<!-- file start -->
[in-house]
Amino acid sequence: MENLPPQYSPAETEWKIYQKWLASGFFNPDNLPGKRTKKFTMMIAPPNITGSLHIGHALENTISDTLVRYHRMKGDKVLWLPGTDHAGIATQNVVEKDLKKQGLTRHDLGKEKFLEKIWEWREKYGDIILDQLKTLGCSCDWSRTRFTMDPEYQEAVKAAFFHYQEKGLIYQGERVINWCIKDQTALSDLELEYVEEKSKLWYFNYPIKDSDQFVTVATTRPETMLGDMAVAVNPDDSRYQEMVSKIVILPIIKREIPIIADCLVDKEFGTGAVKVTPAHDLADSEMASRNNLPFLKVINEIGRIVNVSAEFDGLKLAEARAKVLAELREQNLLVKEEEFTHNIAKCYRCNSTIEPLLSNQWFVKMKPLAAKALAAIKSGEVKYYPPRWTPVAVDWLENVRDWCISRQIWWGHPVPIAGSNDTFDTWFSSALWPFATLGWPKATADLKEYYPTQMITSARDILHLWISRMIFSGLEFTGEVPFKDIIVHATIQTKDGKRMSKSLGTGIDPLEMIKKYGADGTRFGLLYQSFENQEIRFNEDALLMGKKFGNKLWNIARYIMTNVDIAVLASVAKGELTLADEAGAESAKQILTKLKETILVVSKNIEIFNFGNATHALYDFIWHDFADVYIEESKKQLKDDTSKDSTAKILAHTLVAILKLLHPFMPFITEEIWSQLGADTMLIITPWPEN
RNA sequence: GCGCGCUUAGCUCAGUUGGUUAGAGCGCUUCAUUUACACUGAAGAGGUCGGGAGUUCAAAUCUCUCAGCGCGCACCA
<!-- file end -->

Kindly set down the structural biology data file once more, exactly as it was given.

[in-house]
Amino acid sequence: MENLPPQYSPAETEWKIYQKWLASGFFNPDNLPGKRTKKFTMMIAPPNITGSLHIGHALENTISDTLVRYHRMKGDKVLWLPGTDHAGIATQNVVEKDLKKQGLTRHDLGKEKFLEKIWEWREKYGDIILDQLKTLGCSCDWSRTRFTMDPEYQEAVKAAFFHYQEKGLIYQGERVINWCIKDQTALSDLELEYVEEKSKLWYFNYPIKDSDQFVTVATTRPETMLGDMAVAVNPDDSRYQEMVSKIVILPIIKREIPIIADCLVDKEFGTGAVKVTPAHDLADSEMASRNNLPFLKVINEIGRIVNVSAEFDGLKLAEARAKVLAELREQNLLVKEEEFTHNIAKCYRCNSTIEPLLSNQWFVKMKPLAAKALAAIKSGEVKYYPPRWTPVAVDWLENVRDWCISRQIWWGHPVPIAGSNDTFDTWFSSALWPFATLGWPKATADLKEYYPTQMITSARDILHLWISRMIFSGLEFTGEVPFKDIIVHATIQTKDGKRMSKSLGTGIDPLEMIKKYGADGTRFGLLYQSFENQEIRFNEDALLMGKKFGNKLWNIARYIMTNVDIAVLASVAKGELTLADEAGAESAKQILTKLKETILVVSKNIEIFNFGNATHALYDFIWHDFADVYIEESKKQLKDDTSKDSTAKILAHTLVAILKLLHPFMPFITEEIWSQLGADTMLIITPWPEN
RNA sequence: GCGCGCUUAGCUCAGUUGGUUAGAGCGCUUCAUUUACACUGAAGAGGUCGGGAGUUCAAAUCUCUCAGCGCGCACCA